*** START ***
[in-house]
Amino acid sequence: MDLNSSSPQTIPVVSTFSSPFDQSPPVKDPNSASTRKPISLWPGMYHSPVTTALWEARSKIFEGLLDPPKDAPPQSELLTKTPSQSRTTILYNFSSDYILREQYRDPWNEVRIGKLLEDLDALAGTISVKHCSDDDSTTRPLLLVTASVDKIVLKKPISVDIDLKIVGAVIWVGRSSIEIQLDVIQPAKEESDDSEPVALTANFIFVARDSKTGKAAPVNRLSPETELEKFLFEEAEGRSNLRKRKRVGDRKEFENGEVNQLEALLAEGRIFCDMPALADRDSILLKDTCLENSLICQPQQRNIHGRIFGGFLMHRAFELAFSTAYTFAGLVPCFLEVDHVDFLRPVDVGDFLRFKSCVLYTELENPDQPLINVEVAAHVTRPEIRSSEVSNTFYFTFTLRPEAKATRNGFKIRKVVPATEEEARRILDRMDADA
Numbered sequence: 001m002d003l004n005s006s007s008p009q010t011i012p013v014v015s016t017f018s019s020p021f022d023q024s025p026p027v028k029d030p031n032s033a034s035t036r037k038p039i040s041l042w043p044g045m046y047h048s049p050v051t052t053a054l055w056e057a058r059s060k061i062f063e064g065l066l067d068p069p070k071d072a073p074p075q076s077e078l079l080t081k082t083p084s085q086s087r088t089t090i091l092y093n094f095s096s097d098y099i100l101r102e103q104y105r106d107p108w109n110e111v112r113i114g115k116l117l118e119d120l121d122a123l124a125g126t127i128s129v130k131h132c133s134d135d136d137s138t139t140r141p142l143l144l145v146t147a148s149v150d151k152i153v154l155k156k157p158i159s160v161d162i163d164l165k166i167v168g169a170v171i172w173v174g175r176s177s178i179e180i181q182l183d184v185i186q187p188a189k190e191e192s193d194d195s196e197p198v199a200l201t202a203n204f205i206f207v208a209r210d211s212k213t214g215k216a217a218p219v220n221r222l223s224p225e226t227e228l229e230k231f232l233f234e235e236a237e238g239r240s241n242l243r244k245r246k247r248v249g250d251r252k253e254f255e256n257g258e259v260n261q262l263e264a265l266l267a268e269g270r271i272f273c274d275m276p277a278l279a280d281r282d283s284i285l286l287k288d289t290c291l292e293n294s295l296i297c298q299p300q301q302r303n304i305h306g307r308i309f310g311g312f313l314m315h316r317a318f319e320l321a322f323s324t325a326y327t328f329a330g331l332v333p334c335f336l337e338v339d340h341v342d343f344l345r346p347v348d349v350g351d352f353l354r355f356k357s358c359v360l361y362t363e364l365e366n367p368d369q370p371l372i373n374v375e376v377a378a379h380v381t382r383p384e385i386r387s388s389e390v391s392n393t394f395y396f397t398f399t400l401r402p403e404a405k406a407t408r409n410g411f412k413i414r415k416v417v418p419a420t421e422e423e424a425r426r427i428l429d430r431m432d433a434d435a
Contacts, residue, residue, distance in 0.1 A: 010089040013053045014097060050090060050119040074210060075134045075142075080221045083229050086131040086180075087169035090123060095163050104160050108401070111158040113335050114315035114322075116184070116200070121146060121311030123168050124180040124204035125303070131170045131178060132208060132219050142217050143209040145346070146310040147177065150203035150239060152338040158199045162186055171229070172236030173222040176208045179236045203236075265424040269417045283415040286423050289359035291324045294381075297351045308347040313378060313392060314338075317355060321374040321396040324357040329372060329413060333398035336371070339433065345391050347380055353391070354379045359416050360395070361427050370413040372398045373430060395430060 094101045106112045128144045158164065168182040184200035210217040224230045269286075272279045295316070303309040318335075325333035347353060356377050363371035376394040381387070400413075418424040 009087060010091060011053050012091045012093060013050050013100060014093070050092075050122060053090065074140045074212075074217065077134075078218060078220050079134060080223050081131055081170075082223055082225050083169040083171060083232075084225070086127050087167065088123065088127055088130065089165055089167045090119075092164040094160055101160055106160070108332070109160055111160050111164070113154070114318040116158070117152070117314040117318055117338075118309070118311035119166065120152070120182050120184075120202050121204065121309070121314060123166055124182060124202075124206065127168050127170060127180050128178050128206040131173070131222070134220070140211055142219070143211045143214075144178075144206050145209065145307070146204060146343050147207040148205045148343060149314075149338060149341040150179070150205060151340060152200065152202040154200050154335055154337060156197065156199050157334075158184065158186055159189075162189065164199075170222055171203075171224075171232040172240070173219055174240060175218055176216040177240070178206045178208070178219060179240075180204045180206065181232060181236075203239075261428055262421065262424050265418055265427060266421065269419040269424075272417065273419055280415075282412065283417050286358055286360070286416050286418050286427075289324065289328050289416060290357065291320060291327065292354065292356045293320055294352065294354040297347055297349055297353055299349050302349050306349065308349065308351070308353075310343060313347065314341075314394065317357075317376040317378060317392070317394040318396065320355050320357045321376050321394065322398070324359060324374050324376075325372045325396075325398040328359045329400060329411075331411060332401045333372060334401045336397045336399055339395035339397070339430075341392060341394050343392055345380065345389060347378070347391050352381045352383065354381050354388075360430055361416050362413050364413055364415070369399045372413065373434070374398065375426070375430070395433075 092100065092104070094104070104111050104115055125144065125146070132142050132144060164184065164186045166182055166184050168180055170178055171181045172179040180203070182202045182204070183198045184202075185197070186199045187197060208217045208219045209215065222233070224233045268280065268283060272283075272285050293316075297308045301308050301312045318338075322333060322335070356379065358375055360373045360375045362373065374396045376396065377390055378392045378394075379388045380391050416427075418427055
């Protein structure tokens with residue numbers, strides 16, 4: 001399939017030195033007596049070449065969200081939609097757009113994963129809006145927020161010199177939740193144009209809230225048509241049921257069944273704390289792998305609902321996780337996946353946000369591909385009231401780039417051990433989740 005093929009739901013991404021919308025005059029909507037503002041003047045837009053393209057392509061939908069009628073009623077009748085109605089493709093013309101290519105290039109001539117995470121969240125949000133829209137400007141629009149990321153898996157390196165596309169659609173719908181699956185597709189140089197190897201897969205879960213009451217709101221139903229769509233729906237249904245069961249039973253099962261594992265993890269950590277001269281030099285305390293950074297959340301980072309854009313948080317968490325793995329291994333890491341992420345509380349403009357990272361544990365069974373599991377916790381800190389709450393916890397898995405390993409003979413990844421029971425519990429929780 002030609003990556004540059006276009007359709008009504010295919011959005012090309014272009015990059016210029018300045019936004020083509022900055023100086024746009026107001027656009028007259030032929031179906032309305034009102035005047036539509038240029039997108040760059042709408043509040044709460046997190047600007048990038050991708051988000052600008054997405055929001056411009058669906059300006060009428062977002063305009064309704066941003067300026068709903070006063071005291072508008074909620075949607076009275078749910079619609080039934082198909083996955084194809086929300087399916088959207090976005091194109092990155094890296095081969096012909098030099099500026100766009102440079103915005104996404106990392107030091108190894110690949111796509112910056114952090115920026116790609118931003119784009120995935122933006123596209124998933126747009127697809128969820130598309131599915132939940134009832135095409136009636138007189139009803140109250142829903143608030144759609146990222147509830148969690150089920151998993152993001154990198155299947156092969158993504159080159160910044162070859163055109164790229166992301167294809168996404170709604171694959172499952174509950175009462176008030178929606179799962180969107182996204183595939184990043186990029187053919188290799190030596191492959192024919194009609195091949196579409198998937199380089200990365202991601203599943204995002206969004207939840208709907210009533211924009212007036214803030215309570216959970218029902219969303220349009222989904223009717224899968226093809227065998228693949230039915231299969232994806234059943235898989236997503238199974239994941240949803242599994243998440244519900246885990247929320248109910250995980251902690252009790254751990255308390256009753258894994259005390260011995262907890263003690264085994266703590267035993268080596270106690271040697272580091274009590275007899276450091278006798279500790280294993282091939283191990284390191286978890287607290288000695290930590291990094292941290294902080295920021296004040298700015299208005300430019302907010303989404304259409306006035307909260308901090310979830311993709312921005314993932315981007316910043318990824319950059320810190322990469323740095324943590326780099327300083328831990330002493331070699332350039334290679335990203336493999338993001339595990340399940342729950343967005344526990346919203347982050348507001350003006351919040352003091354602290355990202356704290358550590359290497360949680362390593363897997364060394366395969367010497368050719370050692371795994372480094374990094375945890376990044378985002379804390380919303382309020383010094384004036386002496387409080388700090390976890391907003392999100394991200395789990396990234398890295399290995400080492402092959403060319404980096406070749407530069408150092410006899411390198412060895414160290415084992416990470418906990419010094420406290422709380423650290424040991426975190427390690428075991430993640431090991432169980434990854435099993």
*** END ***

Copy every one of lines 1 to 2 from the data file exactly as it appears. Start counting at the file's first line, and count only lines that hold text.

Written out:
[in-house]
Amino acid sequence: MDLNSSSPQTIPVVSTFSSPFDQSPPVKDPNSASTRKPISLWPGMYHSPVTTALWEARSKIFEGLLDPPKDAPPQSELLTKTPSQSRTTILYNFSSDYILREQYRDPWNEVRIGKLLEDLDALAGTISVKHCSDDDSTTRPLLLVTASVDKIVLKKPISVDIDLKIVGAVIWVGRSSIEIQLDVIQPAKEESDDSEPVALTANFIFVARDSKTGKAAPVNRLSPETELEKFLFEEAEGRSNLRKRKRVGDRKEFENGEVNQLEALLAEGRIFCDMPALADRDSILLKDTCLENSLICQPQQRNIHGRIFGGFLMHRAFELAFSTAYTFAGLVPCFLEVDHVDFLRPVDVGDFLRFKSCVLYTELENPDQPLINVEVAAHVTRPEIRSSEVSNTFYFTFTLRPEAKATRNGFKIRKVVPATEEEARRILDRMDADA